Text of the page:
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Kung Fu Panda Kicks up Controversy in China

New America Media, News Report , Li Wen Yi Posted: Jul 08, 2008

Editor's Note: After breaking records at the box office in China the animated movie Kung Fu Panda has caused controversy, debate and introspection in the Chinese film community and beyond about the role of Western movies and the competence of Chinese animators. Li Wen Yi is a writer at New America Media.

SAN FRANCISCO -- DreamWorks Animation's cartoon comedy Kung Fu Panda made its premiere in China on June 20th, and its first day box office exceeded 10 million Yuan (1.4 million US Dollars). The film is expected to be the first cartoon to reach 100 million Yuan (around 14 million US Dollars) nationwide.

Along with breaking ticket records in China the movie has drawn protests calling for a ban of its release, making Kung Fu Panda a source of controversy.

Artist Zhao Bandi, whose works are mainly panda themed, was at the forefront of the movement against the release of the movie. He and other two men protested outside the offices of the State Administration of Radio Film and Television in Beijing last month and called for more supporters through their blog.

The blog listed their reasons for the petition: firstly, the movie is making money by taking advantage of Kung Fu and the panda -- both are Chinese national treasures and Chinese see it as a distortion of their culture. Secondly, the movie is made by DreamWorks, a studio founded by Steven Spielberg, who withdrew from his role as an adviser to the Beijing Olympics early this year over concerns about Chinas role in Sudan.

The protest was widely reported by media in China, and sparked a debate about how Chinese should react when their cultural elements are shown on the big screen and appreciated around the world.

This is the first time I feel a Hollywood movie is approachable, said Li Feng, walking out of a theatre after watch the movie, reported Chinese International Radio (CRI) I feel like the movie is a tribute to Chinese culture.

I can barely understand when our culture is valued by other countries, why we want to say no in the first place? We should be proud of ourselves, broaden our minds and stop those nationalists going extreme, said Sun Chong, in Sina.com.

If there is one thing all agree about the animated comedy, it is that its rooted deeply in the traditional Chinese culture. The movie is infused with traditional Chinese elements, from eating noodles and steamed bread to acupuncture and calligraphy; from music performed by Erhu -- bamboo flute -- to scenes inspired by landscapes in Yuan Nan and Wu Dang Mountain.

Its different from previous Hollywood Chinese movies like Mulan or Kung Fu King, which just touch the surface of Chinese culture, or only use Chinese as a symbol, said Loretta Chen, a Fu Dan university student. This time, however, they have done a lot of homework, and grasped the true value behind Chinese culture, for example, your mind is like this water, my friend, when it is agitated, it becomes difficult to see, but if you allow it to settle, the answer becomes clear, one of the lines in the movie which is actually the essence of Taoism.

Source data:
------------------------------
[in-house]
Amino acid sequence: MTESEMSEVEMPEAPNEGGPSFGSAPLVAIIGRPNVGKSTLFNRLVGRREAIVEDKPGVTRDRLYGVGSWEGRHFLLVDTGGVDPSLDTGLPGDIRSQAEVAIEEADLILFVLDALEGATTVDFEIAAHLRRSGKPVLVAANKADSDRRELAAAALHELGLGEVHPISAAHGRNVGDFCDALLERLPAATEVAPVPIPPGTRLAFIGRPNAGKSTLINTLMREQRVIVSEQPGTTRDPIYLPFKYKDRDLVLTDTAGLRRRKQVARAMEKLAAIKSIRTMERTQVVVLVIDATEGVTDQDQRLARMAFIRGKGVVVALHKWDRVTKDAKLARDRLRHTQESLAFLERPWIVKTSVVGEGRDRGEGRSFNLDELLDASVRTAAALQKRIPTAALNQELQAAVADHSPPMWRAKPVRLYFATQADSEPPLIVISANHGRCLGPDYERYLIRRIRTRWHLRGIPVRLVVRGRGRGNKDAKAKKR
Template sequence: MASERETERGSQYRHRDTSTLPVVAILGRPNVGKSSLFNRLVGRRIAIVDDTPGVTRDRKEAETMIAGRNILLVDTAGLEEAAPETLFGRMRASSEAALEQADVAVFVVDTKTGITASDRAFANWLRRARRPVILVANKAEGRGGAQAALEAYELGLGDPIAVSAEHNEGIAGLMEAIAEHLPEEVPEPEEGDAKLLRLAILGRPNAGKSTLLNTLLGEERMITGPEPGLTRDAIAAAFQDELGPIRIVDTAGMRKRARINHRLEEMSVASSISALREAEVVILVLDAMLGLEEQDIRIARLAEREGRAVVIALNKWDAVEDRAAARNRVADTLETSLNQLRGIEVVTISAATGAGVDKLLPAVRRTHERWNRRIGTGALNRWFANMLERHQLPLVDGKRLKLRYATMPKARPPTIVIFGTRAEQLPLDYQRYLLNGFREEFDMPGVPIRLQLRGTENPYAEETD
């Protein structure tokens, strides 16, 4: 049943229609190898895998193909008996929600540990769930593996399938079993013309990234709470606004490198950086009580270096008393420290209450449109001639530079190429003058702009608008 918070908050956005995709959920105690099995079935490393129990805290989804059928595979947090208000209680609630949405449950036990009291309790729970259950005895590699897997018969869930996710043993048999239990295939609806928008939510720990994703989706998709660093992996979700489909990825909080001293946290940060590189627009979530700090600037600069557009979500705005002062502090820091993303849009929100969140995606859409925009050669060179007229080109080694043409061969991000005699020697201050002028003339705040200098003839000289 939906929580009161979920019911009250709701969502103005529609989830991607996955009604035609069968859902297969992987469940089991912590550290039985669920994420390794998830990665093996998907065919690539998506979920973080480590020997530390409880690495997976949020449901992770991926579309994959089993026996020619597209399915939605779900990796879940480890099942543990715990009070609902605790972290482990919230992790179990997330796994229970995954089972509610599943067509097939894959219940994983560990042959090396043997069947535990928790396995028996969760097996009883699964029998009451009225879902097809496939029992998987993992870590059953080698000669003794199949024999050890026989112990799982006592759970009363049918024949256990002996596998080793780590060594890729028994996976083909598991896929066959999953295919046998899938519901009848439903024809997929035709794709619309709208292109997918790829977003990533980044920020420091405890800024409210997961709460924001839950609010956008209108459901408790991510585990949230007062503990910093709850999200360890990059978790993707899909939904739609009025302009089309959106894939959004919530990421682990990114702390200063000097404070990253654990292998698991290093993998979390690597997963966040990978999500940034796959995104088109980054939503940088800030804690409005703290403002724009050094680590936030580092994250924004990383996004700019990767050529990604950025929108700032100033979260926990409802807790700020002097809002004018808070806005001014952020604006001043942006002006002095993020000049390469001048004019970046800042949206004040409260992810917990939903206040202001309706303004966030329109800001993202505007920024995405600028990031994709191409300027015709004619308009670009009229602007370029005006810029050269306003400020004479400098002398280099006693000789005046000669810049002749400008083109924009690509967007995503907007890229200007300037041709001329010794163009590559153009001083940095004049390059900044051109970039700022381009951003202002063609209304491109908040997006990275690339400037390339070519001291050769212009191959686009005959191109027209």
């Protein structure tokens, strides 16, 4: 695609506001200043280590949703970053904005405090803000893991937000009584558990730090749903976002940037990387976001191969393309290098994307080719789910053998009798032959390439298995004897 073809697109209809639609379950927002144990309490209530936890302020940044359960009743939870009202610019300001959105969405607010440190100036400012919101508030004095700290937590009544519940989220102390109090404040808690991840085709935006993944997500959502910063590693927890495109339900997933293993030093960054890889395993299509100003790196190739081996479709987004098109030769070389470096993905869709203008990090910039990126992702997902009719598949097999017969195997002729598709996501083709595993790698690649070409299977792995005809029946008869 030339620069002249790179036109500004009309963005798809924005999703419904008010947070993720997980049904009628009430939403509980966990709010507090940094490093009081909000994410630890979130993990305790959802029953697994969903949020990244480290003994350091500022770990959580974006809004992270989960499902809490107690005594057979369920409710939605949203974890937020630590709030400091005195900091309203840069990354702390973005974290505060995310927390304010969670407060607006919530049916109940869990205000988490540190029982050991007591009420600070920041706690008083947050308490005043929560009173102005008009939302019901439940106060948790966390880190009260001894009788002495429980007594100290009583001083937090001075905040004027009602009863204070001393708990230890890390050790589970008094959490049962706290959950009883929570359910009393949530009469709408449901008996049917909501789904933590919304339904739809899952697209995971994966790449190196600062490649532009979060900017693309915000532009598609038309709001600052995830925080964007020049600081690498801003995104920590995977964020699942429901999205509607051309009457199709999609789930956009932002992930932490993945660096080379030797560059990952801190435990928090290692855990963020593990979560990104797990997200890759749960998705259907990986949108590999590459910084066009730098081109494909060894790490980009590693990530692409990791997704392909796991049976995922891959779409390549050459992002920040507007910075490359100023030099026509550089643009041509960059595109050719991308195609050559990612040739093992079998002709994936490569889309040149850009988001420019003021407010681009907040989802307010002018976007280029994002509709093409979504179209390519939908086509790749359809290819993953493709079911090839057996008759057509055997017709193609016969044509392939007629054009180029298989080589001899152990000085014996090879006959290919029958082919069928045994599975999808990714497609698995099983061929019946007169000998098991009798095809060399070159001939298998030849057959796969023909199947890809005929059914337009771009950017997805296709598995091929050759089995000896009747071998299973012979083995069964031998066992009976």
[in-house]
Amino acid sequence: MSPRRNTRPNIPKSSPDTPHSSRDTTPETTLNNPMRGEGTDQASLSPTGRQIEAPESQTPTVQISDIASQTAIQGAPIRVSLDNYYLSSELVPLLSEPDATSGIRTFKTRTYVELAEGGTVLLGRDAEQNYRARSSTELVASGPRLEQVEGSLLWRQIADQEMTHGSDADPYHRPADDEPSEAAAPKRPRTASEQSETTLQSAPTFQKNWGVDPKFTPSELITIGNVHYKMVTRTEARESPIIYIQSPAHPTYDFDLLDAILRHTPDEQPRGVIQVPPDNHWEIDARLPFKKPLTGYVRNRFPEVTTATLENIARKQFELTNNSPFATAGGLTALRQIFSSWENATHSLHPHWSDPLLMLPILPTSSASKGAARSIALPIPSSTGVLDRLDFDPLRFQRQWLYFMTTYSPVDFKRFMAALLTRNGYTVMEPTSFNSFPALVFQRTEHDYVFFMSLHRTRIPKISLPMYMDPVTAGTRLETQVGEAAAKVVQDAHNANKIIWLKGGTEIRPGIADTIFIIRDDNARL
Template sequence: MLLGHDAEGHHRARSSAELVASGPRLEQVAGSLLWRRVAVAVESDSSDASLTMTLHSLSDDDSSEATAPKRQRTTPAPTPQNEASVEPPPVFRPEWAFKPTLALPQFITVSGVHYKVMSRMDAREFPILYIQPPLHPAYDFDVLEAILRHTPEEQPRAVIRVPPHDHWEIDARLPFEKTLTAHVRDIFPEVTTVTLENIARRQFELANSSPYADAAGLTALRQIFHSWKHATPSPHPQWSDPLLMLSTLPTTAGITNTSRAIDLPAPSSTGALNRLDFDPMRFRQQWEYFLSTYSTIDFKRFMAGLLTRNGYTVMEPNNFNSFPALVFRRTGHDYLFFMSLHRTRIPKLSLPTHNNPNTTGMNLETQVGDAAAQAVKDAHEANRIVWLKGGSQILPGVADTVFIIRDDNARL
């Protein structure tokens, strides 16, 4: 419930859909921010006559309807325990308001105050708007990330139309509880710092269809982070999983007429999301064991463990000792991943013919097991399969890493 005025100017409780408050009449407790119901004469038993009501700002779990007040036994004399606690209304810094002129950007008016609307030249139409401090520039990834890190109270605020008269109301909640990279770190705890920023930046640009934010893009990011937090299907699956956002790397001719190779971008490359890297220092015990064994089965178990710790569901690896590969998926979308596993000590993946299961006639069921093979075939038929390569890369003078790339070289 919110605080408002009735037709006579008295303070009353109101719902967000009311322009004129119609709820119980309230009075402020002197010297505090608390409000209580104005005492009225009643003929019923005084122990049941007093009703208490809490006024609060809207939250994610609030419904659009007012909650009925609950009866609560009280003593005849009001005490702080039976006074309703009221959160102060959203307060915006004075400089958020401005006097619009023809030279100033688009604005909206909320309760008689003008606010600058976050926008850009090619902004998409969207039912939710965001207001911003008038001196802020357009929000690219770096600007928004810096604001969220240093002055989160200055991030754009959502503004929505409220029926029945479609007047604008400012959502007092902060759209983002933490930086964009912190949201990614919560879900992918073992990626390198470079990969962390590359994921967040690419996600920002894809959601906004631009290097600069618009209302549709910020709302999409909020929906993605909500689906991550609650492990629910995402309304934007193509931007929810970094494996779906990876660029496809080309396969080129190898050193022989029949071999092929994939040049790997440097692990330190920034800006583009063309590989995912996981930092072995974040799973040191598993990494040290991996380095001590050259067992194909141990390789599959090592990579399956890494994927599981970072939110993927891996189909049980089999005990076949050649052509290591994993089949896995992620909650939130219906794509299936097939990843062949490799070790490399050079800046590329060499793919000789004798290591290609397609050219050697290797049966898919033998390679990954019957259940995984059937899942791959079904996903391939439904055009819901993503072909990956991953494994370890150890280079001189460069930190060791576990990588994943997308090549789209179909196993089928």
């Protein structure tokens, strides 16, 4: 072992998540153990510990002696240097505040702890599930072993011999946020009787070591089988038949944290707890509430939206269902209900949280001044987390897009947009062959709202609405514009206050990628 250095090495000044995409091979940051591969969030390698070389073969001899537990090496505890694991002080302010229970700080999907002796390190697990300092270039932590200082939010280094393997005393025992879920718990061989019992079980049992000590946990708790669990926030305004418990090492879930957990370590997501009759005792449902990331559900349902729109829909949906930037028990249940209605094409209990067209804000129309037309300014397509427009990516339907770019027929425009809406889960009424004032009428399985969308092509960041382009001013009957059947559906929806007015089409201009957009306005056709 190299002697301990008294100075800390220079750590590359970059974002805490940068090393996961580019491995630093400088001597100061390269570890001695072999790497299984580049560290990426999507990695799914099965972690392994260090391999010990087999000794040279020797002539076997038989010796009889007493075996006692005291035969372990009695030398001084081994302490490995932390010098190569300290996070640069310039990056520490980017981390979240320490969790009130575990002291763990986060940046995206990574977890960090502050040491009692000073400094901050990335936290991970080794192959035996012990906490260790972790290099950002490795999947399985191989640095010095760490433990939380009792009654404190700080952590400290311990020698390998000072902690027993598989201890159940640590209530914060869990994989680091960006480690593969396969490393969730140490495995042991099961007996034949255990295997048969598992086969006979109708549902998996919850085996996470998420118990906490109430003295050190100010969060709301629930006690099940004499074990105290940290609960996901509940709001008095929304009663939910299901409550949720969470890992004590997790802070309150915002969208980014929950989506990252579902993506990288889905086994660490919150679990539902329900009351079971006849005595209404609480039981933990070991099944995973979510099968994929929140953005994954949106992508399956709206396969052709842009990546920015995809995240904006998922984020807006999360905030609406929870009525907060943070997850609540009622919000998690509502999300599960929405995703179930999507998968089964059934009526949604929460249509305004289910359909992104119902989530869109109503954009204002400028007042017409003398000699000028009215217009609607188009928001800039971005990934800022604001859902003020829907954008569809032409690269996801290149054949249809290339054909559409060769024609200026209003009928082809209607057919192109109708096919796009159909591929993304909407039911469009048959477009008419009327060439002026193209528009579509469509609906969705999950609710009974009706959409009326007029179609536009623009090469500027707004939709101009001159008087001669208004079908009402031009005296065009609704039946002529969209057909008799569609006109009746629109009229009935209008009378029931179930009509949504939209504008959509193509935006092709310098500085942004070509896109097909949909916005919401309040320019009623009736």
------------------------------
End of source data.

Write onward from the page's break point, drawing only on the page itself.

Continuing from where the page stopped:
Li Zhongqiu, vice permanent secretary of Chinese Animation Association does not agree with protestors claims. The reason why we Chinese are miles behind some developed western countries is that we always put traditional Chinese culture on the lips instead of focusing on exploiting its value with the times.

But the protest and petition did bring about some impact; the movies release postponement in Sichuan Province is a case in point. An 8.0-magnitude earthquake hit Sichuan Province, home of the endangered giant pandas this May and left thousands of people dead, millions of people homeless and a 9-year-old female giant panda killed. To appease the survivors of the quake region, the movie release has been postponed, according to the State Administration of Radio, Film and Television.

Filmmaker Lu Chuan however, offers a different picture. "The comedy is, as a matter of fact, a tremendous pleasant surprise to Sichuan people. In this calamitous season, the joy the movie brought about was truly precious."

The panda looks so cute and naive, I actually have been looking forward to watching the movie for a long time. The delay is a pity, said Ning Cai, a Chengdu citizen.

I find it hard to agree with the delay decision, said Liu Jin, a Cheng Du citizen. To some degree, the movie should be first released in Sichuan; the movie can pacify the disaster area children and help their psychological recovery. Besides, it can elevate our reputation because we are the home of pandas!

While people in Sichuan are still debating the release delay, another discussion was launched among Chinese animation cartoon makers: Why do Chinese fail to make cartoons as funny as Kung Fu Panda?

Shanghai Animation Film Studio for example, organized its workers to watch Kung Fu Panda, as a good example to learn from. In the face of a Hollywood Chinese movie being so popular in China, the studio manager Zheng Hu blames the weighty burden Chinese filmmakers have to bear. The word artist can be associated with pop stars, singers, actors in the West, but in China, however, it will naturally go with other heavy definitions, like responsibility, preaching.

When the Olympics are approaching, we are facing the same question, how to find the link between traditional Chinese culture and Western spirit, Zheng added.

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